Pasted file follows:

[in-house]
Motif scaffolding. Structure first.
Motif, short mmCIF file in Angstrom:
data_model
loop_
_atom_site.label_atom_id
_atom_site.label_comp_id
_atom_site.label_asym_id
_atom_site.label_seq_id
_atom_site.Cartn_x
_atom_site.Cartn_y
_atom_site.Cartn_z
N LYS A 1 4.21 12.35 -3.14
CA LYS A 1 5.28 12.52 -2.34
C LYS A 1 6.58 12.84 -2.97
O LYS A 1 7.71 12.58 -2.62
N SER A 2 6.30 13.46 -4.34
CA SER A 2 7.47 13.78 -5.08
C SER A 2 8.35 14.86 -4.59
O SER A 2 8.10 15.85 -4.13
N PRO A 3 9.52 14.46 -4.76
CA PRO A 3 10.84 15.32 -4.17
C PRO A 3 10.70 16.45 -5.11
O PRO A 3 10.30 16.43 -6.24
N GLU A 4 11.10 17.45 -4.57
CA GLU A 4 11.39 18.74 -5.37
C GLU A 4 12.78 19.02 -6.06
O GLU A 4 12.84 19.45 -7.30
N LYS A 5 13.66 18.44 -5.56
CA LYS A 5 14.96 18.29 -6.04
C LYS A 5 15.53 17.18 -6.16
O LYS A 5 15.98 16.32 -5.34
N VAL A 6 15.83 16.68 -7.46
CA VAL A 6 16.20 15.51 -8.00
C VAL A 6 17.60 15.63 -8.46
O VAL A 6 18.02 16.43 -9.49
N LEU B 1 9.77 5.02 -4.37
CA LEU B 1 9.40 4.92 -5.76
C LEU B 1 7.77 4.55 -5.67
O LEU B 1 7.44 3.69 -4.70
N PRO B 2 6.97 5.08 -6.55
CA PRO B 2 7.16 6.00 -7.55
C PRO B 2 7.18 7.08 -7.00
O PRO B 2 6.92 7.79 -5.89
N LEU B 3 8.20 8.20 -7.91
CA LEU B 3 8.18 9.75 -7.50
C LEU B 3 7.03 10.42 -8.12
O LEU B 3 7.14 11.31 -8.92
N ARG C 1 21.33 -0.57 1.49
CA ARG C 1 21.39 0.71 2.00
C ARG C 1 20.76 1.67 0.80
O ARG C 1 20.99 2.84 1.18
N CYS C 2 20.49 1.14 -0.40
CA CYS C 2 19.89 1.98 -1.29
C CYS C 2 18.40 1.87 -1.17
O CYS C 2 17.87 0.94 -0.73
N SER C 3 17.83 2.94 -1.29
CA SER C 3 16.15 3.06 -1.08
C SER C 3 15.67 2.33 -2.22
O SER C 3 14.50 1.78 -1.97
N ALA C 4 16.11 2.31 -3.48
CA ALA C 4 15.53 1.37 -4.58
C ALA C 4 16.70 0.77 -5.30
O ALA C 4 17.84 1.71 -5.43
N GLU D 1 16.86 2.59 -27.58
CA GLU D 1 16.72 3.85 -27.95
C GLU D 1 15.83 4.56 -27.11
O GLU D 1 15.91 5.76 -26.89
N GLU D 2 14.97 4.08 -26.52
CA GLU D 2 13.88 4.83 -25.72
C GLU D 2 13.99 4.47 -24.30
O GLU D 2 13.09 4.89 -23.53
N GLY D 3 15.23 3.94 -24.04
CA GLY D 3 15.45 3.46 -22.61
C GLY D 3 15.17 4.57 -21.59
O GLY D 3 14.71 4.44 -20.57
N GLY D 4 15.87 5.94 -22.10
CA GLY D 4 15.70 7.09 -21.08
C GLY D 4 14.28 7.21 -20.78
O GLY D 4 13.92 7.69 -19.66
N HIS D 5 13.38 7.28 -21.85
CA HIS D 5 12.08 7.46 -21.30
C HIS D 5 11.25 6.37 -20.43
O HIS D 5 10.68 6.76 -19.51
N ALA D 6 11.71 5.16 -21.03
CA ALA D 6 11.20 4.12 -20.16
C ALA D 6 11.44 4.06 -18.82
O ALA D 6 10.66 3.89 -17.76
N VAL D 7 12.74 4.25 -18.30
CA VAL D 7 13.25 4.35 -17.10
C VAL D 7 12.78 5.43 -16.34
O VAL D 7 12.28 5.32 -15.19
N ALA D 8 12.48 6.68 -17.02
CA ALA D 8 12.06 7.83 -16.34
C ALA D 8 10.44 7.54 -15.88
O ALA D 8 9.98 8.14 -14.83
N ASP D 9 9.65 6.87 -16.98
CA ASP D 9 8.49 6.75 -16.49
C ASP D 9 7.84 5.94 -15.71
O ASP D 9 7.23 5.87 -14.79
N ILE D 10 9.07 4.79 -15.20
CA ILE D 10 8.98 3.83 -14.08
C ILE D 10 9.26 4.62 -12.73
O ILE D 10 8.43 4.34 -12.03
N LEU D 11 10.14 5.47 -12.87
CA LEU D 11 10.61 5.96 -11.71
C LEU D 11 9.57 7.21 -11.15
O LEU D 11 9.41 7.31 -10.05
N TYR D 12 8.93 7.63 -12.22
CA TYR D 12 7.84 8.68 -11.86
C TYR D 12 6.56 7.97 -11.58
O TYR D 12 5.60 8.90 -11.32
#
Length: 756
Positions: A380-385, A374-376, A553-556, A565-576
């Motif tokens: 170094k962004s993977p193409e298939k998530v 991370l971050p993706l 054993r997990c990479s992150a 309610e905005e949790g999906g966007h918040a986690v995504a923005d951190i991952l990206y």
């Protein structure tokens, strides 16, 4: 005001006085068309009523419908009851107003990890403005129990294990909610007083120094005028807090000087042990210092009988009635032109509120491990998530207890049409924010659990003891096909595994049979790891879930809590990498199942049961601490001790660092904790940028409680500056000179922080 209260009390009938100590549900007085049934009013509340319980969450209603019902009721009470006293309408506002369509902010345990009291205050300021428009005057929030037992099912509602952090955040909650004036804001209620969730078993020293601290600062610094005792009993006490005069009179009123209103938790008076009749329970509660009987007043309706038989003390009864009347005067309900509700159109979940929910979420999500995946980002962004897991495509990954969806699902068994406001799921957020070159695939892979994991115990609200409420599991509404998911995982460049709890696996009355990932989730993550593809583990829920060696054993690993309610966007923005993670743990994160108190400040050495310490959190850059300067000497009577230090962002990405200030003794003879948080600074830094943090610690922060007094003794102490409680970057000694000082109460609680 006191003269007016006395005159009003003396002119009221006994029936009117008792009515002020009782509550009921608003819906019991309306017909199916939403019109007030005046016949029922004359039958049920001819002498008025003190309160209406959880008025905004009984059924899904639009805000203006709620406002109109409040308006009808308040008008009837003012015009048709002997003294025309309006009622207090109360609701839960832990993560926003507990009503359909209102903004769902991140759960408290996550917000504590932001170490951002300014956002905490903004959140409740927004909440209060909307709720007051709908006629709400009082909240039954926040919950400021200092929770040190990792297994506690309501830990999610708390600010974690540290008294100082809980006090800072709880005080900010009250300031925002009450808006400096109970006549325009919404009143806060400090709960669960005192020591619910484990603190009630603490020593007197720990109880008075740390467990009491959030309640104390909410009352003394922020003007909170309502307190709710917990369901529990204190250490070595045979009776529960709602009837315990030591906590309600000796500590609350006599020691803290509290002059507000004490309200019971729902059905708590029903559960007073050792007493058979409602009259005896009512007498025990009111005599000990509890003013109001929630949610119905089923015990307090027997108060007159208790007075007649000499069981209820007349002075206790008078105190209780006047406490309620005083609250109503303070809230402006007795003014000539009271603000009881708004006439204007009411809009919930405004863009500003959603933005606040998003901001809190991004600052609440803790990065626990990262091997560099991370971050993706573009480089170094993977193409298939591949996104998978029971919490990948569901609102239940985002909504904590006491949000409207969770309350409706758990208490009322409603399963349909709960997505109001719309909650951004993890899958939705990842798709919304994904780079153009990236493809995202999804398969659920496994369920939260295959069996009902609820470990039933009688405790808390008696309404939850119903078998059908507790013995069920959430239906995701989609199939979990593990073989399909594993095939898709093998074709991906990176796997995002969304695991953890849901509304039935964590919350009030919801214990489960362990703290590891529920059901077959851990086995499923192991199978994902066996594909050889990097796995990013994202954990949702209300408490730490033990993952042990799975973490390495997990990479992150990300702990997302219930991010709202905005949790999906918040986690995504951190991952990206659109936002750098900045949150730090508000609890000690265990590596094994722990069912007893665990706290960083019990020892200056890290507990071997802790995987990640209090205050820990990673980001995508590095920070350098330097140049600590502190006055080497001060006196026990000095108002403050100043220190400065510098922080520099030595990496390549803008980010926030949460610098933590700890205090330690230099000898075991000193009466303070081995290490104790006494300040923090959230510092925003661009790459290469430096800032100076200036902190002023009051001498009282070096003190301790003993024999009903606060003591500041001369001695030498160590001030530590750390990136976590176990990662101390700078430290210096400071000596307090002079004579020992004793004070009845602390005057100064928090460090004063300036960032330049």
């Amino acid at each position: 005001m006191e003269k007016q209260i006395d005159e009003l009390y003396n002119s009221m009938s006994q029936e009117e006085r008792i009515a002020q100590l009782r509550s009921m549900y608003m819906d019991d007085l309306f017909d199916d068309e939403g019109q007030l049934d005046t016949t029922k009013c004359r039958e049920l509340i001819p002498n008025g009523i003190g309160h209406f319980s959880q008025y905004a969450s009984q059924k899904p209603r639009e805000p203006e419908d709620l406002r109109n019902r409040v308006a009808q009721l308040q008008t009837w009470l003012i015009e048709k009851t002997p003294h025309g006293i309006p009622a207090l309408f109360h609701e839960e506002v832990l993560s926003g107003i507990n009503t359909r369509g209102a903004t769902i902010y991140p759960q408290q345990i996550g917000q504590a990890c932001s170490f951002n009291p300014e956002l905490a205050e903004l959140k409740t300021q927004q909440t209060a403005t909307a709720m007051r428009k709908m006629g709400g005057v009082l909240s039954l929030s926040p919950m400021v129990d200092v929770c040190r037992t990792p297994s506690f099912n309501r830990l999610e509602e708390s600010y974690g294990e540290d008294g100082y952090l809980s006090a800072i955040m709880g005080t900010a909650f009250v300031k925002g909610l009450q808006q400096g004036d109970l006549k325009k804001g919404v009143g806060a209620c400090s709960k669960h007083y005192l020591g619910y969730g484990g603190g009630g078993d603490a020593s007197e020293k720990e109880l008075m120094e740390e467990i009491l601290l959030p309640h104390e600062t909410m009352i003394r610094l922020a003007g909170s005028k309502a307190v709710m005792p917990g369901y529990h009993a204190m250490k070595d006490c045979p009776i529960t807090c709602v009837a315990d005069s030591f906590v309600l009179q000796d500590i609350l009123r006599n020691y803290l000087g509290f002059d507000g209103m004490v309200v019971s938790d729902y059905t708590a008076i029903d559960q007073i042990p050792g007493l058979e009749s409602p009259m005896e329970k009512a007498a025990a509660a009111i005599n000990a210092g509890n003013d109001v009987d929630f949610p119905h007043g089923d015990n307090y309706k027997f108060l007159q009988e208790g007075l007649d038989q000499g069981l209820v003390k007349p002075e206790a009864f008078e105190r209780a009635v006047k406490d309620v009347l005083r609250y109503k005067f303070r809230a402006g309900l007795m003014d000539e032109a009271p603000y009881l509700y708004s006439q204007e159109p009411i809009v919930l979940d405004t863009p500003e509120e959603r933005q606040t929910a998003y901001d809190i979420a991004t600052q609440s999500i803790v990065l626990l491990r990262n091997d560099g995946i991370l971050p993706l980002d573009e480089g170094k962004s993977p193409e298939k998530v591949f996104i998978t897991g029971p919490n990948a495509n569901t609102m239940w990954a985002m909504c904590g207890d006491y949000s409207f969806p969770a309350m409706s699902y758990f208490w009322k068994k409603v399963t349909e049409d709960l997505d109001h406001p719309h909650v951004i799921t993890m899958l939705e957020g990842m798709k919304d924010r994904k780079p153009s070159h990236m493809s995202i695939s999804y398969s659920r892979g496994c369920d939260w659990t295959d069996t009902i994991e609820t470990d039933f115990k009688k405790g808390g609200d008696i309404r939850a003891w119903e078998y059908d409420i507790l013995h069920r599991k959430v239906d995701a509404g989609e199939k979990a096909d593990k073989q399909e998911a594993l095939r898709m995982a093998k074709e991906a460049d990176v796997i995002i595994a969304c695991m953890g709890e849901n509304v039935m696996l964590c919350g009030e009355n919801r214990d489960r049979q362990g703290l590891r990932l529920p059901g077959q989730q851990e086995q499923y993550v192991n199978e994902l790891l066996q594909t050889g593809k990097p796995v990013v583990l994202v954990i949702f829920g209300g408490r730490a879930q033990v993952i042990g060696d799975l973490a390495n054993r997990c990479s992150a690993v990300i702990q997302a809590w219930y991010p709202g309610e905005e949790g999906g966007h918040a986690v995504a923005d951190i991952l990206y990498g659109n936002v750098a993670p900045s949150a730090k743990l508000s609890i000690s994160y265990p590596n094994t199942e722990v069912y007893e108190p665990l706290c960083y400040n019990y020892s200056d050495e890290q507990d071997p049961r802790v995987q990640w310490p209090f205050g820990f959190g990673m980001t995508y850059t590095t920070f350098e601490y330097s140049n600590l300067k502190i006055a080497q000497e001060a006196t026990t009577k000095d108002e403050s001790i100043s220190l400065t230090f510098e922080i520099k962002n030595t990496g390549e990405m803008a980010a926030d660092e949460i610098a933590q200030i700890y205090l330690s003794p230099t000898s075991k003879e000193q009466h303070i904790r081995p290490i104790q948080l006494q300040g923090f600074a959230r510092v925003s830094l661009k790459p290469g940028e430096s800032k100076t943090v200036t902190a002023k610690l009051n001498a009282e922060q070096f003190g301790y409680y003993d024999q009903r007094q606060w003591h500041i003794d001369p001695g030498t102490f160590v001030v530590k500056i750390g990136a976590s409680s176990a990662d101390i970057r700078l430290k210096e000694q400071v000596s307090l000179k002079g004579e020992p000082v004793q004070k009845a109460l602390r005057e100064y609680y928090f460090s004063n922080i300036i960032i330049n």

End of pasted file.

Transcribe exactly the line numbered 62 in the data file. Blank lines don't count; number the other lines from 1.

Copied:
CA ALA C 4 15.53 1.37 -4.58